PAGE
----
David Rose is too snobby for the town of Schitt's Creek, cheap rosé, and apparently, reality television. In a Nov. 18 interview on The Tonight Show Starring Jimmy Fallon, Dan Levy revealed that MTV's The Hills made him swear off reality TV for a long time. Fortunately, his self-declared ban wasn't permanent, nor was it the result of watching the show too often. According to Levy, his decision to give up the genre was because he was working for MTV at the time and he simply knew too much.
Levy began by explaining that before Schitt's Creek, he spent many years co-hosting The Hills aftershow, where he would comment on Lauren Conrad and Heidi Montag's drama with special guests. Unfortunately, the hosting gig ruined the hit show for him. "When you work so closely with a reality television show, and I love The Hills, but it kind of takes the magic out of the experience of watching because you kind of end up knowing too much about how it works," he admitted.
However, the coronavirus pandemic forced him to rekindle his love for reality TV — because it was his only option left at one point. "I had to take a long hiatus and then quarantine happened and I had quite literally watched every show on television, so I finally resolved myself to accepting the fact that I only have reality TV left," he said.
In an unexpected turn of events, watching too much reality TV has now become the problem, with Levy noting that the genre is "all I watch" now. The actor has a particular affinity for Bravo shows, with his favorites being The Real Housewives of Atlanta and the Below Deck franchise. "The drama that happens on the last season of Below Deck: Mediterranean is earth-shattering," he joked. "I have many times thought about vacationing to Australia to take Hannah [Ferrier]'s yachting course... I would last 25 seconds on that show."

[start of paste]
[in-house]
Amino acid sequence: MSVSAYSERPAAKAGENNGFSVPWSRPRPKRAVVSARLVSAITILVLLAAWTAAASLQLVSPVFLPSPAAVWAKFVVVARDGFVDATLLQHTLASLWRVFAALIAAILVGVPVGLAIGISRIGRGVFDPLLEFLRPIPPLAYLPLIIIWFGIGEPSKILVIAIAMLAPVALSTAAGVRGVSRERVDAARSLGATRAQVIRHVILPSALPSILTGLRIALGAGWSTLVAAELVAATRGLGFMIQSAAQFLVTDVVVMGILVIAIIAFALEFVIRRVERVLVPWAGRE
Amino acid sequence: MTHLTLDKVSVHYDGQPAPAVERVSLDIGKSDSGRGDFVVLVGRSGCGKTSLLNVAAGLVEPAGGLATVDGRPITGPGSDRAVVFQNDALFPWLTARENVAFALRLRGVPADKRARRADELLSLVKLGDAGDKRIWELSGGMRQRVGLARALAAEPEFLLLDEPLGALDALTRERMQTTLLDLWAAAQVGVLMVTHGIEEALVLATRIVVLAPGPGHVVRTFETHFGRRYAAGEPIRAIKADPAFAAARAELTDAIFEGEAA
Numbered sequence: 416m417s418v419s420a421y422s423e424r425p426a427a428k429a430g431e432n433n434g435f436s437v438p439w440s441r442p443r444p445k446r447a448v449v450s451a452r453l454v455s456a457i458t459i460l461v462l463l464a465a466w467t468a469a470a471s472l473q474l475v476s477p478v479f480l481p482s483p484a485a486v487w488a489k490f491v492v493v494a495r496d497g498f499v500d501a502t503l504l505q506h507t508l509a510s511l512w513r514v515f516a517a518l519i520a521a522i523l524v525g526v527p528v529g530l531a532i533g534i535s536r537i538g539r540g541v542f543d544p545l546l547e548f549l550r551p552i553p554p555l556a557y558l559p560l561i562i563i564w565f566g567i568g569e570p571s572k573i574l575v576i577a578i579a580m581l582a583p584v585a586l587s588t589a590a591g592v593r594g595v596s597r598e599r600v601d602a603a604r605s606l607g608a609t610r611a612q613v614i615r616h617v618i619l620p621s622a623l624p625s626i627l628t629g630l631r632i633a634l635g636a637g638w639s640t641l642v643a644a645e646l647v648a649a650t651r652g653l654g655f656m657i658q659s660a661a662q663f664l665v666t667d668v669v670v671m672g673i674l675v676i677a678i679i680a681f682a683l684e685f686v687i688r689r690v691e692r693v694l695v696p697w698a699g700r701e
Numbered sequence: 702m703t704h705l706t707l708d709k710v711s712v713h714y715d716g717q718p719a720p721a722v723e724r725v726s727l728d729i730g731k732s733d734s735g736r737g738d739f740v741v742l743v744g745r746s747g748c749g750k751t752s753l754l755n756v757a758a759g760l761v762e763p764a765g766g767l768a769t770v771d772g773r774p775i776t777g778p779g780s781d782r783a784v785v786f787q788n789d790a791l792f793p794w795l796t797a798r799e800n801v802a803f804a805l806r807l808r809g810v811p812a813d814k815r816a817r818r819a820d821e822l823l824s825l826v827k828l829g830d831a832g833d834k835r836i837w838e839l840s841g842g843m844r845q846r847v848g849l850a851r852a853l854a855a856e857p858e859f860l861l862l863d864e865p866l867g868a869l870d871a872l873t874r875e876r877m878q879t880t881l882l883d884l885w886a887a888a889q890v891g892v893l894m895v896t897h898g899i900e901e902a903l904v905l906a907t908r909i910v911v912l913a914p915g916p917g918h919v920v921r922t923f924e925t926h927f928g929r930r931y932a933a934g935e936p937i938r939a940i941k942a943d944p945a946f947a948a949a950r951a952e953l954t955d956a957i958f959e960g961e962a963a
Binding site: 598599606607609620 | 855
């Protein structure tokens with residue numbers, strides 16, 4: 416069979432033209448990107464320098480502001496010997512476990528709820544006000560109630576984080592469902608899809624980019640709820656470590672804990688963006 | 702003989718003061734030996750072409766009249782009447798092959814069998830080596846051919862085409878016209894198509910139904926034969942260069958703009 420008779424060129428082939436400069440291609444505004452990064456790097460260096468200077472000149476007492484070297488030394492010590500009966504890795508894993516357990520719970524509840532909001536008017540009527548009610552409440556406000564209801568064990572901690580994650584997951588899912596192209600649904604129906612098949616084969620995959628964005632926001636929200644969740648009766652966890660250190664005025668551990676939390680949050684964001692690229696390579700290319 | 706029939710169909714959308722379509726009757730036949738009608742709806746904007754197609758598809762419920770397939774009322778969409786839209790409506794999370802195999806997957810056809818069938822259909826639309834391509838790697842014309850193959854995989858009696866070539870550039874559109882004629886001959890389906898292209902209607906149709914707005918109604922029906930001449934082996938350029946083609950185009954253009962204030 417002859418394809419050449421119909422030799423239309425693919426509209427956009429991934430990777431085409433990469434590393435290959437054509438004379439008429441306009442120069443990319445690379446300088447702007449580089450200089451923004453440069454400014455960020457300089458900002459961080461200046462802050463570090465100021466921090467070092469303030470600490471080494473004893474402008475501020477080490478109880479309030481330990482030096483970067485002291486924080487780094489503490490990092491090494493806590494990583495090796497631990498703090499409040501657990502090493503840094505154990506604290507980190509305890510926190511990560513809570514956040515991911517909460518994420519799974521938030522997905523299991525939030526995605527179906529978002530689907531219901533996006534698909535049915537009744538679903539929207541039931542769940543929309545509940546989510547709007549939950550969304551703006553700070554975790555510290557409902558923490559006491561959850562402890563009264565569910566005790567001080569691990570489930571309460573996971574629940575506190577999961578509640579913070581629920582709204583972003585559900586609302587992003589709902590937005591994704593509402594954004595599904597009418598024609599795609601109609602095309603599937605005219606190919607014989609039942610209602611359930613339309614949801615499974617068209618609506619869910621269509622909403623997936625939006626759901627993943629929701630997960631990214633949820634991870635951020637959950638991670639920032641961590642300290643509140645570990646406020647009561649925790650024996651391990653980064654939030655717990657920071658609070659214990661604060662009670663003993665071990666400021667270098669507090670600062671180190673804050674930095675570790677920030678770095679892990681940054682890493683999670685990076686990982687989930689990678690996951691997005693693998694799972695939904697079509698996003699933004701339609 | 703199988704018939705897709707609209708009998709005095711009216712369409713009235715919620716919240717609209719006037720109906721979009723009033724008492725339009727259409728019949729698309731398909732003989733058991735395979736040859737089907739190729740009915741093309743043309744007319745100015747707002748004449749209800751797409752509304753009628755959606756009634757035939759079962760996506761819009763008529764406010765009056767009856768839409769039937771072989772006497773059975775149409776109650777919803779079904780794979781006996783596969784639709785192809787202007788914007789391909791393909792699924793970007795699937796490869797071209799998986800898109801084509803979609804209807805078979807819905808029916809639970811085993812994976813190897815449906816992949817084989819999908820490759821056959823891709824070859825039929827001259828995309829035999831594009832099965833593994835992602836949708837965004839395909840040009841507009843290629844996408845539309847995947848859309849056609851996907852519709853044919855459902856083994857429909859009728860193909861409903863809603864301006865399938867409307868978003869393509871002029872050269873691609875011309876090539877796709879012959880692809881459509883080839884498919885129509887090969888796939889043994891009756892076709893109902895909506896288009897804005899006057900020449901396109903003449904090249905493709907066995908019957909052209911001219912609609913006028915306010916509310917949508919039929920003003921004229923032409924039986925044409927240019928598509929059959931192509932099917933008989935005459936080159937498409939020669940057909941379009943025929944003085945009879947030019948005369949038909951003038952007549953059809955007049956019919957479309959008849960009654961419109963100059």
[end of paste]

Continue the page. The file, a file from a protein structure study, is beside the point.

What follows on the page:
Although his time working at MTV made him resent The Hills, it was ultimately worthwhile. In an interview on Entertainment Weekly's BINGE podcast, Levy admitted that The Hills partly inspired the storyline of Schitt's Creek — even if he didn't realize it at first. "Now, in retrospect, I can see the connection," he said. "What I found really fascinating was exploring that cultural awareness and saying now that we all know the day-to-day of these kinds of people, what would it look like if we played on that, took the money away, and examined what the family dynamic would be like without the money."
As fans will remember, Montag and her now-husband Spencer Pratt quickly spent their $10 million fortune after The Hills' conclusion on things like $30,000 shopping sprees and Montag's iconic pop album Superficial, which she said cost her almost $2 million to record. Years later, it turns out their financial troubles indirectly inspired Levy's beloved series. Thank God for Speidi, the gift that keeps on giving.